We love this article recently published by Jamie Orr of All Work. It resonated with us, as at Nous and Nous House, colour is absolutely integral to our brand identity, and a big part of each of the fitouts of our offices.
It’s a feature our members really enjoy also. We asked one of our Brisbane members who is a trademark law specialist why they chose to work from co-working spaces. His response, ‘ because law firms are traditionally so beige!. It felt so nice to come in here and it’s so light and colourful.’
The question, “Why is the sky blue?” is a hallmark of childhood curiosity. But how many of us really remember how to answer this question?
Similarly, how many of us know why the objects around us look the color they do?
The colors around us affect our perception of the world more than we realize. They impact our moods and how we interact with the world and one another. Some colors are known to soothe us, some to energize, while others distract or even aggravate us.
So, why is the sky blue and your favorite sweater green?
It all starts with light. Specifically, visible light. All light propagates around as waves, but human beings can only see those waves if they are within a certain range called the visible light spectrum. The color of light depends upon its particular wavelength with red having the longest visible wavelengths, and violet the shortest. This visible spectrum is most notable when looking at a rainbow after a storm.
Everything around us can absorb and scatter these waves of light. For the sky, particles in the atmosphere scatter sunlight in all directions, but blue light is scattered the most, so that is what we see. And that sweater? It’s green because the dye in the fabric is absorbing the reds and blues, leaving only the green reflecting back to your eye.
When it comes to workplace design, there is more to a good work environment than a comfortable chair and fast internet. The color of our workplace can also impact how we work, and color psychology is a growing area of interest for designers. Choosing colors that can increase happiness, productivity, and well being can help ensure that we are providing an enjoyable and effective place to get work done.
Here are a few things to consider about color when selecting everything from the paint for walls to accent furniture:
Cool colors: Blues, Greens, Purples
Shorter wavelength cool colors are excellent choices for workspaces.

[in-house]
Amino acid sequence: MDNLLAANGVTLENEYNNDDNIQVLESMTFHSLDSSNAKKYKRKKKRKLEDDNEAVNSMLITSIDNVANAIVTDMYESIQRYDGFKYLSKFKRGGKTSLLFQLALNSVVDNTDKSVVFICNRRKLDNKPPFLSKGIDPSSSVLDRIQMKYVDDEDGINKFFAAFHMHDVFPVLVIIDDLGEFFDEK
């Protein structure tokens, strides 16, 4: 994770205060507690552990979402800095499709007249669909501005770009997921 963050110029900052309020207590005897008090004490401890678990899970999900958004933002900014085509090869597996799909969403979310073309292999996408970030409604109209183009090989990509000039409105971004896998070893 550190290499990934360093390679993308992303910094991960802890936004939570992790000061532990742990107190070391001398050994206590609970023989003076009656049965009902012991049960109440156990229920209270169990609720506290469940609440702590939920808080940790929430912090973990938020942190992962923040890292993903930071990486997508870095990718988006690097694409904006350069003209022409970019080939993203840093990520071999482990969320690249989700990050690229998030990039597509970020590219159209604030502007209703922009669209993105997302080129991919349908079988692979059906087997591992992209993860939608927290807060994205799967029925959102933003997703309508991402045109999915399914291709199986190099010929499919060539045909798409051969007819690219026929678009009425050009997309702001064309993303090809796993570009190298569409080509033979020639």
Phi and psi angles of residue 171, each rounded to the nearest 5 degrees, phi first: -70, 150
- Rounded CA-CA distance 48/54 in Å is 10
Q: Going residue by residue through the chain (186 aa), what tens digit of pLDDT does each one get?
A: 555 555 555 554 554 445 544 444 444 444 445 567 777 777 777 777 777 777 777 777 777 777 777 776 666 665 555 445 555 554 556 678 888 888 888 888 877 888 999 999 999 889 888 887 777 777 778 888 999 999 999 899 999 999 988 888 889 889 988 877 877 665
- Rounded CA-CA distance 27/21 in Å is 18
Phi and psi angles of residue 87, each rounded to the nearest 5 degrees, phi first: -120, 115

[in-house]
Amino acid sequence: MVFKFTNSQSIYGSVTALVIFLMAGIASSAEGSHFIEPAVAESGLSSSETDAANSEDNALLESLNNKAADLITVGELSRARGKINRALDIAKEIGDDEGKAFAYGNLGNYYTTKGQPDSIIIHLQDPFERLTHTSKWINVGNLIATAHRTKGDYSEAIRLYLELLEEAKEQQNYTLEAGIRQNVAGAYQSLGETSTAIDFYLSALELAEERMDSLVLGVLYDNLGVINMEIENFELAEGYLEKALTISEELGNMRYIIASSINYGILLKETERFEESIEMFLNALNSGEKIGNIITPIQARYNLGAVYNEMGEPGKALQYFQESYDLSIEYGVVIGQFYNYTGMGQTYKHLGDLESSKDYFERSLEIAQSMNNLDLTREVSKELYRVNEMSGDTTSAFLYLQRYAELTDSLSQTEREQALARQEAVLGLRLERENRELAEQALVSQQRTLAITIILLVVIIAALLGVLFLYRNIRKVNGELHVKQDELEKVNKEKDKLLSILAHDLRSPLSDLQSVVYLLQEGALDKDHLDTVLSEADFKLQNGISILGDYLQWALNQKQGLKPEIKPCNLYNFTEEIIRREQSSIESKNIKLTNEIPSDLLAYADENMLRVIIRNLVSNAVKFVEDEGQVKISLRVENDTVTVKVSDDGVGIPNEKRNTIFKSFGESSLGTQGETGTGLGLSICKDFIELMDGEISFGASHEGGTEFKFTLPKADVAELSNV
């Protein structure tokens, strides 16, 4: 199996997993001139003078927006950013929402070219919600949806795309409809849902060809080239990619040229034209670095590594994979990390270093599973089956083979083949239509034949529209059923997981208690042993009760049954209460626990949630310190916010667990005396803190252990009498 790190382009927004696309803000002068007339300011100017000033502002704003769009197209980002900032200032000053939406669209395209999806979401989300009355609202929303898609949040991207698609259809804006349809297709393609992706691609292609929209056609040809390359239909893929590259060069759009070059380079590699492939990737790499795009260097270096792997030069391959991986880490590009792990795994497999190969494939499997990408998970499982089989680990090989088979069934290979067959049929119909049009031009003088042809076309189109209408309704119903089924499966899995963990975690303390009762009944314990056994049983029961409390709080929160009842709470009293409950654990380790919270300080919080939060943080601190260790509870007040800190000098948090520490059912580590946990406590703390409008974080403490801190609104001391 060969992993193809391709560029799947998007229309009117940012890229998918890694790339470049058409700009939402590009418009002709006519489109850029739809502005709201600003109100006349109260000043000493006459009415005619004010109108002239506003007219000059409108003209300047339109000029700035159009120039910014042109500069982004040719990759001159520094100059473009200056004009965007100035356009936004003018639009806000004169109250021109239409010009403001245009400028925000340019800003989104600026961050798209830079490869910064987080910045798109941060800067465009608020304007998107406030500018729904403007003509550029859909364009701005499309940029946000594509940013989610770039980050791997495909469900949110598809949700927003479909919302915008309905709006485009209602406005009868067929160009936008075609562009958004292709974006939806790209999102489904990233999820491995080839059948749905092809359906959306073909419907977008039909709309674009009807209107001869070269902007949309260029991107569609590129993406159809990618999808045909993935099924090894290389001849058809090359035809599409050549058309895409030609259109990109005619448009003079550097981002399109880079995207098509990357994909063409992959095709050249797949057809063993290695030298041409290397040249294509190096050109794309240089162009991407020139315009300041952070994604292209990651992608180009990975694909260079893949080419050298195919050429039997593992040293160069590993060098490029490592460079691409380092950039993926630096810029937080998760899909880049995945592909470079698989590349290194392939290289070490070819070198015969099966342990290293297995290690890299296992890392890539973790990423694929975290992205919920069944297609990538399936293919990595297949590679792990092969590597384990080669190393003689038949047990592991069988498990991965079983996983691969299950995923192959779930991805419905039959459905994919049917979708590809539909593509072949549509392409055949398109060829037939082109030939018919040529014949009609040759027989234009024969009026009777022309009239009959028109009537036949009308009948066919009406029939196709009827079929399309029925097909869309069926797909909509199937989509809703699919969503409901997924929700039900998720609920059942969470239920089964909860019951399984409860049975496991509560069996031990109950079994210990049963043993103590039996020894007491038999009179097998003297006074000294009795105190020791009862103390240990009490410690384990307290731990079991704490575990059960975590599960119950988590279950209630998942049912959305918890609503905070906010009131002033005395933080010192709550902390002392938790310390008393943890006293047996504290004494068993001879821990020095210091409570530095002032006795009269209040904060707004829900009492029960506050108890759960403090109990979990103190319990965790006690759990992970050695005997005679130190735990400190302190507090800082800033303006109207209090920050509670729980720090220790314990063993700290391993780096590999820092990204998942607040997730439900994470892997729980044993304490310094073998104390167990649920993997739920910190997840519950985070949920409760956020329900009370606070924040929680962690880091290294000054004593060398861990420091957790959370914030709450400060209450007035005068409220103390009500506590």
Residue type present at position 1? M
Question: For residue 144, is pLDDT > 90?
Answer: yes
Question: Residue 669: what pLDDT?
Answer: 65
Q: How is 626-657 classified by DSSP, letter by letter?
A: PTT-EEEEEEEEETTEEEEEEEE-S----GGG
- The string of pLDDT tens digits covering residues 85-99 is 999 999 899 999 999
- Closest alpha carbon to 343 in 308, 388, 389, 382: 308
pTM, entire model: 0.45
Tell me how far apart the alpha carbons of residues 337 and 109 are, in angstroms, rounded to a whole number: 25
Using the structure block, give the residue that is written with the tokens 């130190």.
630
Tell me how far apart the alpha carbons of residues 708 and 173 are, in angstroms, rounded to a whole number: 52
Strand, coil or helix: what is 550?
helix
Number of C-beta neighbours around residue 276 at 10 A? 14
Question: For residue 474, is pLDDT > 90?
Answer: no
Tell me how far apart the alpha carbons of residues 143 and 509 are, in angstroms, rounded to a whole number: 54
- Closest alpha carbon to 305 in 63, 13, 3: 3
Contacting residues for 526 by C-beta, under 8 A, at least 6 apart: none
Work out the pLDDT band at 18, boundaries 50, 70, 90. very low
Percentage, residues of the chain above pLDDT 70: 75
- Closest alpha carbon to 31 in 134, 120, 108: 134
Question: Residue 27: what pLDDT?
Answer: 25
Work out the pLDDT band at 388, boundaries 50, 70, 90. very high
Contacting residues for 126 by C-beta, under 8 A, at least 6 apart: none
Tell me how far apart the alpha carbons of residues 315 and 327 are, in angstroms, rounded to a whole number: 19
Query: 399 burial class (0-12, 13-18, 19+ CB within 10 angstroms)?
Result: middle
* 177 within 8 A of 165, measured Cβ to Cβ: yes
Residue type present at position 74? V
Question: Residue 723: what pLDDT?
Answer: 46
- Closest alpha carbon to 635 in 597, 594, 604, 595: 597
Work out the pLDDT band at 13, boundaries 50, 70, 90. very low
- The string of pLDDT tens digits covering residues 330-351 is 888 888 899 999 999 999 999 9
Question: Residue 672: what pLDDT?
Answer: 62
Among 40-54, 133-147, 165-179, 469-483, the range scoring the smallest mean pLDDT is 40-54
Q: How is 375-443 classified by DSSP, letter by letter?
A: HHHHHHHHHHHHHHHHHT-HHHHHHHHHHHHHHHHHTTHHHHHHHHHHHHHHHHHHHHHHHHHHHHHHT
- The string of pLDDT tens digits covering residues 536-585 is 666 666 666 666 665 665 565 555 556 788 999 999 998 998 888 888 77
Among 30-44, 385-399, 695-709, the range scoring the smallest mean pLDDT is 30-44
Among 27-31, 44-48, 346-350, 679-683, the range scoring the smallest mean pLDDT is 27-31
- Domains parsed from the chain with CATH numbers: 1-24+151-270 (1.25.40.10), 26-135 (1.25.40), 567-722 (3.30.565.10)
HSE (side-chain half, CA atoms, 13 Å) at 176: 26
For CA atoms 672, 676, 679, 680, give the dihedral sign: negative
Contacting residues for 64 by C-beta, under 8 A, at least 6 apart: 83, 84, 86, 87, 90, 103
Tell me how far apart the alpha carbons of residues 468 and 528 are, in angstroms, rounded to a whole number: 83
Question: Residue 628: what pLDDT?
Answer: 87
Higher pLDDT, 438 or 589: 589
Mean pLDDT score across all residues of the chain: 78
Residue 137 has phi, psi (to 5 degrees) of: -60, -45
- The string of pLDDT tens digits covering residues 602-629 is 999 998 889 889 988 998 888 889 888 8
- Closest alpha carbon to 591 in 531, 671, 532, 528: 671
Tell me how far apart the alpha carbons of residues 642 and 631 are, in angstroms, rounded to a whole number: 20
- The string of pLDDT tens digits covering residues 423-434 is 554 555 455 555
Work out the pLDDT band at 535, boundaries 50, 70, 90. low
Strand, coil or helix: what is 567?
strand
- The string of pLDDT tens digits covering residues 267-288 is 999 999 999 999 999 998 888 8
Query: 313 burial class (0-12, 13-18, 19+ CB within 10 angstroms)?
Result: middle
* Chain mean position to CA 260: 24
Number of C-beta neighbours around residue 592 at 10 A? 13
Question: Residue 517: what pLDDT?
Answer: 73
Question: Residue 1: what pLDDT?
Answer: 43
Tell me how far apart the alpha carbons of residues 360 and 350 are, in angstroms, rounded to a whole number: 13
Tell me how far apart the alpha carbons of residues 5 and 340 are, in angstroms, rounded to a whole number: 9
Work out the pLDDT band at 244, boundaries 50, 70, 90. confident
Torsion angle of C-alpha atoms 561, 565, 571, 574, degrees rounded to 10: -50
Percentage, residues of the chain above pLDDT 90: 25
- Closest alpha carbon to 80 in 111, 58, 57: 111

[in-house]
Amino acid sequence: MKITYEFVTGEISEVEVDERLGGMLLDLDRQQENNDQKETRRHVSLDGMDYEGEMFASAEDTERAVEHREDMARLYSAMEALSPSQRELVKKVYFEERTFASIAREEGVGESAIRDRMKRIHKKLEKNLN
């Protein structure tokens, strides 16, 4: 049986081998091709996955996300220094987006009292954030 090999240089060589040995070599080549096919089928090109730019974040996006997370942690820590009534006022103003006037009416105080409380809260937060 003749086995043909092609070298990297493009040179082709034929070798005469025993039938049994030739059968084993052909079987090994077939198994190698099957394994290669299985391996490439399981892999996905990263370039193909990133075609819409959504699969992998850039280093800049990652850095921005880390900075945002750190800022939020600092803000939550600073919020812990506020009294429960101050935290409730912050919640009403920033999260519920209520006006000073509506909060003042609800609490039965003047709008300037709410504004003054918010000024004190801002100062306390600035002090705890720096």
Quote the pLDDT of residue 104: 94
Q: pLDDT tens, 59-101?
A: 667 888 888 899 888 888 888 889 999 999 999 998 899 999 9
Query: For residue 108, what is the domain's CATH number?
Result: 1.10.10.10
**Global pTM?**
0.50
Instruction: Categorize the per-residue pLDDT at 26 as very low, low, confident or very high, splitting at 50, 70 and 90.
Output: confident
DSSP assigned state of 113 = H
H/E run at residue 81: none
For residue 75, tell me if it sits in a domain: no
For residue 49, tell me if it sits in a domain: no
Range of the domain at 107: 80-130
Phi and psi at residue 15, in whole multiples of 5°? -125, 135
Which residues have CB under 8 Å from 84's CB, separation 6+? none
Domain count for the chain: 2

Blue is a calming color that can be used widely throughout an office space. It can bring about feelings of security and stability, and is a favorite to support productivity as a result. Often underrated purple, with its close relationship to blue, is similarly soothing, but also luxurious.
As the most abundant color in nature, green is a good choice for spaces where people spend long hours as it is easy on the eyes and promotes feelings of balance. In one study, even brief glimpses of green were shown to enhance the creative performance of workers.
Warm colors: Reds, Yellows, and Oranges
Feelings of optimism, energy, and intensity are most associated with longer wavelength warm colors. Vibrant shades of these colors are attention getting, but that can also be distracting in a workspace over long periods of time. Yellows and reds are beneficial in spaces that are designed for bursts of creativity, but should be used sparingly where calm collaboration is needed, such as in conference rooms.
Tint, Tone, and Shade
Variations in the intensity of a color can also change its effect on a space. Pure hues, those that aren’t mixed with any others, are bright and cheerful, but can be too vibrant for most workplace activities. Similarly, blue that would otherwise elicit feelings of tranquility can become chilly and sombre in a different shade. It’s also important to pay attention to the tint, tone, and shade of a color.
Tint refers to how much white is added to a hue like green, red, or blue. Adding white lightens and softens a color that may otherwise be too intense. A red that is too bold or strong can be tinted to a more playful and calming pink.
Shade refers to the addition of black, creating deeper and darker colors. Darker blues feel more professional and mature, but can also make spaces feel smaller compared to lighter shades.
Adding gray adjusts the tone, making a hue less vibrant.
The White Wall Debate
In one often cited study on the impact of wall color of worker performance, it was shown that workers made more errors doing their tasks in an all white office as compared to a red or blue-green office. Yet, most offices use white walls throughout the space. To combat this, breaking up the monotony is important. Using plenty of colorful accent pieces, artwork, furniture, and plants can help create the same beneficial feelings as using those colors on the walls themselves.
Regardless of what color palette is ultimately chosen, color is a powerful tool to help create a productive workplace. Effective workplace design must take into account how people react to color. As light waves scatter all around us, what reaches our eye has a substantial impact on how we perceive the world, and our ability to interact with it.